I am concerned with the importance of preparing students to engage in the challenges of the 21st century, particularly environmental, social justice, and technological challenges. New technologies enabled by mobile media in conjunction with global positioning systems (GPS) and the open platforms of web 2.0 provide new means of bringing together concerns with lived space, shrinking distances, transnational alliances, and growing inequalities.
As a digital media artist with a conceptual grounding in photography, and current practices with portable/wearable media, I have been engaged in defining a new form of interdisciplinary New Media education within the University, integrating innovative practices into the traditional educational structure. I envision a model of teaching that approaches the educational environment as a communications network, situating conventional disciplines of media and art production within structures of social exchange. An important aspect of this model is its situation both inside and outside of the academy and the extension of the classroom to the city, locally and internationally, via social computing and physical interfaces.
Over the past few years I have been developing innovative courses at Temple University, New York University, and at Rutgers that invite students to examine the city as a virtual and mixed reality space and the complex means by which cell phones, GPS, mobile recording devices, social network games, and blogging effect their knowledge of and relation to lived space. Using mobile web 2.0 applications, I teach students how to construct parallel realities, mediated representations, sound maps, installations that integrate radio and other communications technology, and visual tags to create new community histories that capture life in their neighborhoods. By creating an internationally networked learning environment linking students in the United States with students in Rome, London and Tokyo, I have also created a mechanism though which students can explore neighborhoods across the globe while developing transnational connections. By examining the similarities and the differences of their neighborhood narratives, students begin to develop heightened understandings of the effects of globalization both at home and in other nations.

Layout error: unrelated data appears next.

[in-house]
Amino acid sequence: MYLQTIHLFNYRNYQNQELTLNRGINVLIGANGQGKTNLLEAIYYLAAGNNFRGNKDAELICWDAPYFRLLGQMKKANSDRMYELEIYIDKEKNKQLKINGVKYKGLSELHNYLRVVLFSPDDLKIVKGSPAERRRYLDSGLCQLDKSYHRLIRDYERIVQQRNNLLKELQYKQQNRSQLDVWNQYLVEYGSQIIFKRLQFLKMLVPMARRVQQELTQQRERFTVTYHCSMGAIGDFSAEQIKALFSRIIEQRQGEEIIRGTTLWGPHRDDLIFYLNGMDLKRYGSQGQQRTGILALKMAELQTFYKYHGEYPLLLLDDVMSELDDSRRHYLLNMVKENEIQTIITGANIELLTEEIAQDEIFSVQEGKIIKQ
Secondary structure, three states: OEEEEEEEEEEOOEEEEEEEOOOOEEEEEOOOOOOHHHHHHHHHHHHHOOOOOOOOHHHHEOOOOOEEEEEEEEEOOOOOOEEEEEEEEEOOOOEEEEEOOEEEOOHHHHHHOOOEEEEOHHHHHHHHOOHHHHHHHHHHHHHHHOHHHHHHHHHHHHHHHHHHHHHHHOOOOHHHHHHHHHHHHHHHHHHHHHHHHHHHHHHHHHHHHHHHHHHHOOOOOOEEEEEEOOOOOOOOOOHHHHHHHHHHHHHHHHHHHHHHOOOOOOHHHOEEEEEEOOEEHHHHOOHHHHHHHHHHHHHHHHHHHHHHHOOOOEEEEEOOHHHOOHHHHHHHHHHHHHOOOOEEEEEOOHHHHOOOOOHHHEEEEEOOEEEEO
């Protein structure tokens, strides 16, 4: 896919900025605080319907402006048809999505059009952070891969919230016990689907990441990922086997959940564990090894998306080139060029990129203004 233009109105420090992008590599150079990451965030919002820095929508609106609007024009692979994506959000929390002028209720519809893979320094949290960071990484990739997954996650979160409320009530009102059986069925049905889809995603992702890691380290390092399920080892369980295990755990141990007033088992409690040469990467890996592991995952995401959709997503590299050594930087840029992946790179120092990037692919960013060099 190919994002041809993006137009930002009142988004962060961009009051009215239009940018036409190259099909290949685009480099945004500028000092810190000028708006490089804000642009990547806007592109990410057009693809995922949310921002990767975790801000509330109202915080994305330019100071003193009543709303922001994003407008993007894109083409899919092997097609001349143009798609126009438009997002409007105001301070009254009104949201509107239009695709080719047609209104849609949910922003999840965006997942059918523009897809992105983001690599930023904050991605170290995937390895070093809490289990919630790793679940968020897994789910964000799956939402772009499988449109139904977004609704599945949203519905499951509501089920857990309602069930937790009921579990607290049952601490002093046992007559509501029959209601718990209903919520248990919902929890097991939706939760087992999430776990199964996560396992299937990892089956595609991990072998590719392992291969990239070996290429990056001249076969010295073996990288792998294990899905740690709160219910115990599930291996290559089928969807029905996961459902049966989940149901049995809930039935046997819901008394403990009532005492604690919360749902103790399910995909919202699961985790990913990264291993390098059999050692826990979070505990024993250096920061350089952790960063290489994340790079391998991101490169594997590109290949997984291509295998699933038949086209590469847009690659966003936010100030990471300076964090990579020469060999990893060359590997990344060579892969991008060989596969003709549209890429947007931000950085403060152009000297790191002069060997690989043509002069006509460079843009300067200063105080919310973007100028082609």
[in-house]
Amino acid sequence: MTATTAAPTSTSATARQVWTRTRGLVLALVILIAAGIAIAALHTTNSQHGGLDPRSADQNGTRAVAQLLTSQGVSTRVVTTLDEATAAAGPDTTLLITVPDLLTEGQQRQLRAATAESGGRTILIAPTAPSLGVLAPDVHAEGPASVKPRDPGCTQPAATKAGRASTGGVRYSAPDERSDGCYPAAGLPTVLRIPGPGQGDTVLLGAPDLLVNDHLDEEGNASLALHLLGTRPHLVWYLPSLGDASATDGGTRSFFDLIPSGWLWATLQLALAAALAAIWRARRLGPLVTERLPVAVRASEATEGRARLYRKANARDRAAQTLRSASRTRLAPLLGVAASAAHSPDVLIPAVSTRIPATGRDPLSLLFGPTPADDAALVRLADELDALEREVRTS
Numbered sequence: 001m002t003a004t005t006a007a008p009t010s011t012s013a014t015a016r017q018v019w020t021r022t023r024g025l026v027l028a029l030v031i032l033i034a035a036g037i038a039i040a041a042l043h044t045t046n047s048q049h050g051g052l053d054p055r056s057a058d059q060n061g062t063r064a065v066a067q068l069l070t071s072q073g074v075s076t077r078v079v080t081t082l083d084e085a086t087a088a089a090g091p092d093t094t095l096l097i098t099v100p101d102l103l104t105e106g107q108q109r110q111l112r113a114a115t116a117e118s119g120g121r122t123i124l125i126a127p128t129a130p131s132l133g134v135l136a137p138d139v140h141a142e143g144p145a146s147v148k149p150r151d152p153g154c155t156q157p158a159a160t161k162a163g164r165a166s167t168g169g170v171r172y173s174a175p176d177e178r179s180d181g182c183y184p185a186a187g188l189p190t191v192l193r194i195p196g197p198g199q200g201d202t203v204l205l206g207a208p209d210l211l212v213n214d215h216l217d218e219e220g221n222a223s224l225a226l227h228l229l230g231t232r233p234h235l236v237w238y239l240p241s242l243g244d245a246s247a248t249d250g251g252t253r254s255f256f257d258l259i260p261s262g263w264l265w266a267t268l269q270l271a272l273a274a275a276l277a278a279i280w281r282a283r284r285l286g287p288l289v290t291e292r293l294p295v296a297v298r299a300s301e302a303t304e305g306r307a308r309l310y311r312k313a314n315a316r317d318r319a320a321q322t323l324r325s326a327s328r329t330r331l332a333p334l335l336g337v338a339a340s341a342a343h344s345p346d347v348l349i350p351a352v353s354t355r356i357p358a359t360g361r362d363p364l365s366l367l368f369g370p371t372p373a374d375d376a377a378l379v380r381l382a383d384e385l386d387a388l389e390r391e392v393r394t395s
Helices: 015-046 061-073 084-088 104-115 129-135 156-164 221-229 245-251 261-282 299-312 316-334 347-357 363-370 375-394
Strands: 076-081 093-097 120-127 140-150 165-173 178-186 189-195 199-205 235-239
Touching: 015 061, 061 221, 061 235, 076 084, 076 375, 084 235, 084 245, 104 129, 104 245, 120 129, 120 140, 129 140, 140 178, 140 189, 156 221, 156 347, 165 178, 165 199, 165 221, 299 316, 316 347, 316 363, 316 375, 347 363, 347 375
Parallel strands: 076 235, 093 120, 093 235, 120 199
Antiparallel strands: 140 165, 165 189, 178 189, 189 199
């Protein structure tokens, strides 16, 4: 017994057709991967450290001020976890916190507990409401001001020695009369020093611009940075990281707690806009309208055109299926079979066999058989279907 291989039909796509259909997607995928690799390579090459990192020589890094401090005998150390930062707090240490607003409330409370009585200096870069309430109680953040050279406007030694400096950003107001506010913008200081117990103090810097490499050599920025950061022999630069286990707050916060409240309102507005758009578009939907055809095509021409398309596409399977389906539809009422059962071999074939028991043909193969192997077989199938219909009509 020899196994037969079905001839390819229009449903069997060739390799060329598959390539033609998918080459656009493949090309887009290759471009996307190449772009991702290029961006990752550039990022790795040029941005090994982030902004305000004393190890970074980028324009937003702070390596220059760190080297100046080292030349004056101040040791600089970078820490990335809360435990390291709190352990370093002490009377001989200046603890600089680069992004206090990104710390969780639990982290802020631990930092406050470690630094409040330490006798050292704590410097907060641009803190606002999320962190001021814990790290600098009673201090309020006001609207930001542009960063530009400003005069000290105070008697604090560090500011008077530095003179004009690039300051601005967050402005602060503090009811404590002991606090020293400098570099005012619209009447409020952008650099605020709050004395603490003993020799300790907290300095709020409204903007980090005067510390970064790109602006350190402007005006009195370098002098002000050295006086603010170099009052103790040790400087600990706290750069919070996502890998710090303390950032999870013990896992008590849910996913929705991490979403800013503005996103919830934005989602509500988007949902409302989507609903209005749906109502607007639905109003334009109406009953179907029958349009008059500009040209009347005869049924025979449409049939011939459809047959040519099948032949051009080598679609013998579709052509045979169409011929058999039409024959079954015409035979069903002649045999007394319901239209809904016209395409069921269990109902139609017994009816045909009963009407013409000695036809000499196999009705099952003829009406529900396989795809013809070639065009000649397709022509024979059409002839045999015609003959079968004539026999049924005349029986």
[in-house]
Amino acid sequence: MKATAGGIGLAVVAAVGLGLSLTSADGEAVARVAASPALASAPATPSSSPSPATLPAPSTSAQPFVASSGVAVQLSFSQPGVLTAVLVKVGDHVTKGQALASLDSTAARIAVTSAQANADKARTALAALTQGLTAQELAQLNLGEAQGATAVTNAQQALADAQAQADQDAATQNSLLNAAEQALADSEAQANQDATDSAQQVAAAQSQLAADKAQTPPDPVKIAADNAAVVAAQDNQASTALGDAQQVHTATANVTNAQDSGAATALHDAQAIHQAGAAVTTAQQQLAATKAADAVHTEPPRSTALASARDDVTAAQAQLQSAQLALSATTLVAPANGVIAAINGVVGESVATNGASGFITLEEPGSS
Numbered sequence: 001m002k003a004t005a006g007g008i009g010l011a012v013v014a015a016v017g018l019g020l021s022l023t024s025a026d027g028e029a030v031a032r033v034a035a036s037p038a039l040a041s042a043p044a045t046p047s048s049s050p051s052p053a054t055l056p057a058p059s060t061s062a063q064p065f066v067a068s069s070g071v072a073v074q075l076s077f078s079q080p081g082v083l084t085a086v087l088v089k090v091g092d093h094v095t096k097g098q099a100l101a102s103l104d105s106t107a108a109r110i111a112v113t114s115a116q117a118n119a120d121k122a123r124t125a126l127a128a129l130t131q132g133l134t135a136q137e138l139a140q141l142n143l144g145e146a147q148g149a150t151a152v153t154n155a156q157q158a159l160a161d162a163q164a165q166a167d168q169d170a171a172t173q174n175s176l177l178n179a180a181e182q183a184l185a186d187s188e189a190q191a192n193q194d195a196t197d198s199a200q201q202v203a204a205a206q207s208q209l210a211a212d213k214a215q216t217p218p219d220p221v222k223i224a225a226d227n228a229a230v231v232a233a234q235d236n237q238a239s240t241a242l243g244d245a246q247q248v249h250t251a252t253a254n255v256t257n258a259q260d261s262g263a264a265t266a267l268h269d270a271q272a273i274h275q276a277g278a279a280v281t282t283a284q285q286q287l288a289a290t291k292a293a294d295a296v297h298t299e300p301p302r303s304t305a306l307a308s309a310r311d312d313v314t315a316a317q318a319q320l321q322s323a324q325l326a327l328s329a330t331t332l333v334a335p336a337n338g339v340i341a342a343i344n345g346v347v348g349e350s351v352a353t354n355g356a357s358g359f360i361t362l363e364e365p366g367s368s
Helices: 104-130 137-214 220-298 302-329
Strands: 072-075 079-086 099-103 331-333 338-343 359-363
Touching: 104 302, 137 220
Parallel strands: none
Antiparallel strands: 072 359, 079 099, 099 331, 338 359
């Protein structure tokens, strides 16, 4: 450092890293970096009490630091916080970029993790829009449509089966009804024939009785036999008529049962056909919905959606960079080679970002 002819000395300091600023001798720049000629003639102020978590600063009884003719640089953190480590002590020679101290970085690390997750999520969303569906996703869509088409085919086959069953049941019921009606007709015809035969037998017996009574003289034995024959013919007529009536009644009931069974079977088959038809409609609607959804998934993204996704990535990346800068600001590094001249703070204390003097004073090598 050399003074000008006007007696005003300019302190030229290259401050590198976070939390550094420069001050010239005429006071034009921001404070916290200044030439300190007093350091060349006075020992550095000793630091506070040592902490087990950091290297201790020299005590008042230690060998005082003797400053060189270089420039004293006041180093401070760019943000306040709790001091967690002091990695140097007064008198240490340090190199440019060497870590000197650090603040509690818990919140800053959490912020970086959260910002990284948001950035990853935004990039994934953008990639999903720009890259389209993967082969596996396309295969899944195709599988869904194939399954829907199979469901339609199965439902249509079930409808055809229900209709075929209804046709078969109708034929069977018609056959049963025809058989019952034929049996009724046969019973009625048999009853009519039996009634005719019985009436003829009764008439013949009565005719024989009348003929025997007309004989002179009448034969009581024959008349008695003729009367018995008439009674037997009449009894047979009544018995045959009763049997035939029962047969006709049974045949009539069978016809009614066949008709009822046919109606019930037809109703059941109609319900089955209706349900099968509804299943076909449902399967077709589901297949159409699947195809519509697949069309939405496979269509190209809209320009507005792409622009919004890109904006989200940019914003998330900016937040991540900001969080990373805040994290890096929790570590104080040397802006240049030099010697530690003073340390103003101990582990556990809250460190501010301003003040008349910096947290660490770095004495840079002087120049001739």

Collaboration has become a key element in broadening my teaching arena. Team-taught classes and cross-university engagement have been central to the experimentation of the teaching environment. In the past I have collaborated and co-taught with professors and artists from computer science, interactive technology, film, photography, geography, political science and philosophy. Now in a more formal, long-term capacity, I am collaborating with choreographers, drawing on the rich investigation of movement artists to expand and inform location-based media design.
The goal of my educational initiatives is to create opportunities to consider the effects of virtual collaboration in fostering transnational comparisons, cultural production, global awareness, and friendships across borders. By providing students with new knowledge, skills and a strengthened sense of local engagement, one of the goals I have as an educator is to catalyze long-term social networks and foster a deep sense of empowerment for creating social change.